Now that our time in Laos has come to a close, we are happy to review the country and our brief time spent in it (just 13 days). We really enjoyed our time in Laos and if we didn’t already have a flight booked to Kuala Lumpur, we would have definitely stayed longer. If you noticed that we haven’t posted our thoughts on Thailand, our reason is that we plan to return to southern Thailand later in our trip, so stay tuned for a review post!
Natural beauty and opportunity for outdoor adventures
Laos has a beautiful hilly terrain interspersed with lush valleys, meadows, and winding rivers. All of our travel in Laos was pleasant because of the natural scenery. We took the slow boat from Thailand to Luang Prabang and thus were on the Mekong river for 2 days; it was a really nice way to travel! The drive from Luang Prabang to Vang Vieng was even more scenic.
In Vang Vieng we took advantage of the outdoor activity infrastructure and went hiking, rock climbing, and kayaking.
The Lao culture fosters a concept of muan or “happy contentment” which encourages people to enjoy life and to keep their pace of life steady, comfortable, and hassel-free. We have noticed that Lao people are kind, happy, and relaxed. An environment where this attitude is particularly noticeable is the local markets (side note: the markets were great in Laos with good quality local products). We were never hassled, given a sob story, or scammed. When I approached a stall, the vendor would say “saibaidee” (hello) and then let me look. The vendor would usually try their best to be helpful and show me more colors or varieties of the item I was interested in. If I didn’t intend to buy I would say thank you and they would respond with a smile, “thank you”, and ” goodbye”. I didn’t even have to barter; the vendor would do all the work for me. She would quote a reasonable price and then immediately give a better price or ask what I wanted to pay. I once agreed to buy something for 50¢ (which was already an incredibly cheap price for a hand made item) and then decided I wanted two. The vendor gave me the second one for 10¢ without me ever asking for a better price. Even the Tuk Tuk drivers were reasonable and took “no” for an answer. Although, not every person we interacted with was noticeably kind, almost everyone was relaxed.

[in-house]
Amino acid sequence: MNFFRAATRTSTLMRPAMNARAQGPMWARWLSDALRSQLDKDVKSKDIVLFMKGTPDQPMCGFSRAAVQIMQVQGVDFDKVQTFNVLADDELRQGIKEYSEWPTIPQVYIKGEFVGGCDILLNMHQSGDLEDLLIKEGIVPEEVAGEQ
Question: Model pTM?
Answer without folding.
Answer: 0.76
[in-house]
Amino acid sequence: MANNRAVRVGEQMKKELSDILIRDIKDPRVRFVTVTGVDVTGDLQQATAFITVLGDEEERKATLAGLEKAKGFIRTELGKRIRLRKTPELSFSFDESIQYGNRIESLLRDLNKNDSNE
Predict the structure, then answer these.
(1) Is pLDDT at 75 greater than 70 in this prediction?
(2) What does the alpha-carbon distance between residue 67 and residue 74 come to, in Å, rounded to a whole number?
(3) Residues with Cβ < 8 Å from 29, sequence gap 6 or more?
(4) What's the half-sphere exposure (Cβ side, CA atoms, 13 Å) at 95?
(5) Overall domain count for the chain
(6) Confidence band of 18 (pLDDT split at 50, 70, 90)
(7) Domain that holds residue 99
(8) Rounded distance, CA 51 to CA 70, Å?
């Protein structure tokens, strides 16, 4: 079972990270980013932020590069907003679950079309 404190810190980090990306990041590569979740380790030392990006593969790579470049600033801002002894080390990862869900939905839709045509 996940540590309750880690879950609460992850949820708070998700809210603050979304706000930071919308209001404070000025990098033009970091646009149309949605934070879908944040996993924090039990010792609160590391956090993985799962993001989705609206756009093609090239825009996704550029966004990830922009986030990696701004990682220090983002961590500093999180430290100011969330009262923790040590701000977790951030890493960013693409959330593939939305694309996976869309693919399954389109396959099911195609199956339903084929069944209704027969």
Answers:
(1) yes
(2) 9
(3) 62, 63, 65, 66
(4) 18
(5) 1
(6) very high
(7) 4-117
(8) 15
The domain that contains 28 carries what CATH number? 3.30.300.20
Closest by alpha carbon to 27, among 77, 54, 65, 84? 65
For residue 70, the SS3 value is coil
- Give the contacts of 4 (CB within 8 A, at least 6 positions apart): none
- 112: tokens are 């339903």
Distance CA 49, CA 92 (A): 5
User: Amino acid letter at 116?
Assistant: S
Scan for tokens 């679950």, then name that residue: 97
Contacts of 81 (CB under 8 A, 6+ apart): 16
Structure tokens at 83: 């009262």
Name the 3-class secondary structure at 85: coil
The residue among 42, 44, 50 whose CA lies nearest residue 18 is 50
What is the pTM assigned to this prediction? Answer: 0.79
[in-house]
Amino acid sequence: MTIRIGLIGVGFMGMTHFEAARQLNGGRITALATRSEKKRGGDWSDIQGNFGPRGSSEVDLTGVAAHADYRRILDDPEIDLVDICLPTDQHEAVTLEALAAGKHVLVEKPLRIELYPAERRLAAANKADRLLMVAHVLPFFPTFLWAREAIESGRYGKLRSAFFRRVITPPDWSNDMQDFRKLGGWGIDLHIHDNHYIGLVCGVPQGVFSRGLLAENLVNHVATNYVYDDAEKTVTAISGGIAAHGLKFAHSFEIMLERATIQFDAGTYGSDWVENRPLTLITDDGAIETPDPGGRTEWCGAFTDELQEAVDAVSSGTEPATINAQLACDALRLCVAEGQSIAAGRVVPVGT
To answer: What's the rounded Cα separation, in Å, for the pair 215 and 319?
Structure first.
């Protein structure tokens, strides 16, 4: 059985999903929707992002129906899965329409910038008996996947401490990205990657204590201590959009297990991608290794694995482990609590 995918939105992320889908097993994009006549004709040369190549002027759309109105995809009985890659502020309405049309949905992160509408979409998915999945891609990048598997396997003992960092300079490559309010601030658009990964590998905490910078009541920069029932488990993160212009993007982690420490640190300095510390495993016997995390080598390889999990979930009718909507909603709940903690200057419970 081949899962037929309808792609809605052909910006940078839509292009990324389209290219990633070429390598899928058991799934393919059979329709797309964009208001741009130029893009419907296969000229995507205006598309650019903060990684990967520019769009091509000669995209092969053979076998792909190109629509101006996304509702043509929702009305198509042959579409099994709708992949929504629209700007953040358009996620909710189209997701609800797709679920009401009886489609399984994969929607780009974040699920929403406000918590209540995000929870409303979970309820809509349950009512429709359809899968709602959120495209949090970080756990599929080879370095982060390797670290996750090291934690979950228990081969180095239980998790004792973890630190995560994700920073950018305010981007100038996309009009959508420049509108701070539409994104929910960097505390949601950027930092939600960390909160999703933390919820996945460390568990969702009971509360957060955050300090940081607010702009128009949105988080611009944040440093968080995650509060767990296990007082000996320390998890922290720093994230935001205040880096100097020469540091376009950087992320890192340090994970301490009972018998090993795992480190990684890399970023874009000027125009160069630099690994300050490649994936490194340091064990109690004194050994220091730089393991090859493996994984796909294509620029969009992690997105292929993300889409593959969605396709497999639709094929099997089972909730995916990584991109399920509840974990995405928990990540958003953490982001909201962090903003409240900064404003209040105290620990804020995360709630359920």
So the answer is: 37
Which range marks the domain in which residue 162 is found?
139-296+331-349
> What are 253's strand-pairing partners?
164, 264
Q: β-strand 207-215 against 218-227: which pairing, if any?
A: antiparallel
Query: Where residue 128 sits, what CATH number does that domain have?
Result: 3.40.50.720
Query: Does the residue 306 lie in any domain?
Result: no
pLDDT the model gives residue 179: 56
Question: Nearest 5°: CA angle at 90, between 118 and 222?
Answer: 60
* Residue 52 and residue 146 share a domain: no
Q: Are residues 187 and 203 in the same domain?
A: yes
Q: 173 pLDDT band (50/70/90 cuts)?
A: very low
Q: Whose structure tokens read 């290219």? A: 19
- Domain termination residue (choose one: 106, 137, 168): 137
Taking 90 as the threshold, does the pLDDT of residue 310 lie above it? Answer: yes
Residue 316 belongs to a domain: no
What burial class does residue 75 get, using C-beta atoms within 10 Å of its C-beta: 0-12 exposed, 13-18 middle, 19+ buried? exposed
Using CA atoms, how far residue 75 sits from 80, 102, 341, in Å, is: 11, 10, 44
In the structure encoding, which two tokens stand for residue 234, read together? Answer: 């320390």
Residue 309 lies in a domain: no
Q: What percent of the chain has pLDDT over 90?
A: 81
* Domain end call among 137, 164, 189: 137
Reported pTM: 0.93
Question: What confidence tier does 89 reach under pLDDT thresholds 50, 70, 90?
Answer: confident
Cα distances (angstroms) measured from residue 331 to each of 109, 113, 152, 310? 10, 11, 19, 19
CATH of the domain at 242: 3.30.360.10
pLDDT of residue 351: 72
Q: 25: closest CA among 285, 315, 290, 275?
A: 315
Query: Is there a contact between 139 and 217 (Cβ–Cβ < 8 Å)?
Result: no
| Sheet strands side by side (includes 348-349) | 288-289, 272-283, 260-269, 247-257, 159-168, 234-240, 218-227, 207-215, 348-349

We also met these super nice guys (three brothers from Vientiane) who were vacationing in Vang Vieng. They offered us a ride when we were walking on the side of the road. Even though their English was limited, they ended up hiking with us and then inviting us to have lunch with them (which they insisted on paying for!) and go kayaking with them. (Disclaimer: they are originally from China, presumably with one Lao parent and one Chinese parent, so it isn’t necessarily the Lao culture that made them so awesome).
The sidewalks and roads were (usually) in decent shape with regular trash bins along the roadside. We were just happy to have a sidewalk to walk on! We didn’t see much garbage either, so presumably there are employees who clean up the streets.
Lao coffee is similar to Vietnamese coffee; it is strong, sweet, and chocolatey. This is again due to the primary use of Robusta coffee beans (stronger and more bitter). Like Vietnamese coffee, the strength and astringency is cut with a generous serving of sweetened condensed milk. Both Robusta coffee and Arabica coffee are grown in Laos, but less of the Arabica (weaker, less bitter) variety is grown and it is reserved to be made into espresso blends. Coffee was introduced by the French in the early 1900’s and since then has become is one of Laos’ main exports. Thanks France!
Due to the influence of French colonialism, baguettes and crossaints are popular breakfast items. Not only are these baked goods well executed and usually freshly prepared in the morning, they are also warmed over a charcoal grill before serving.
(Almost) No western fast food businesses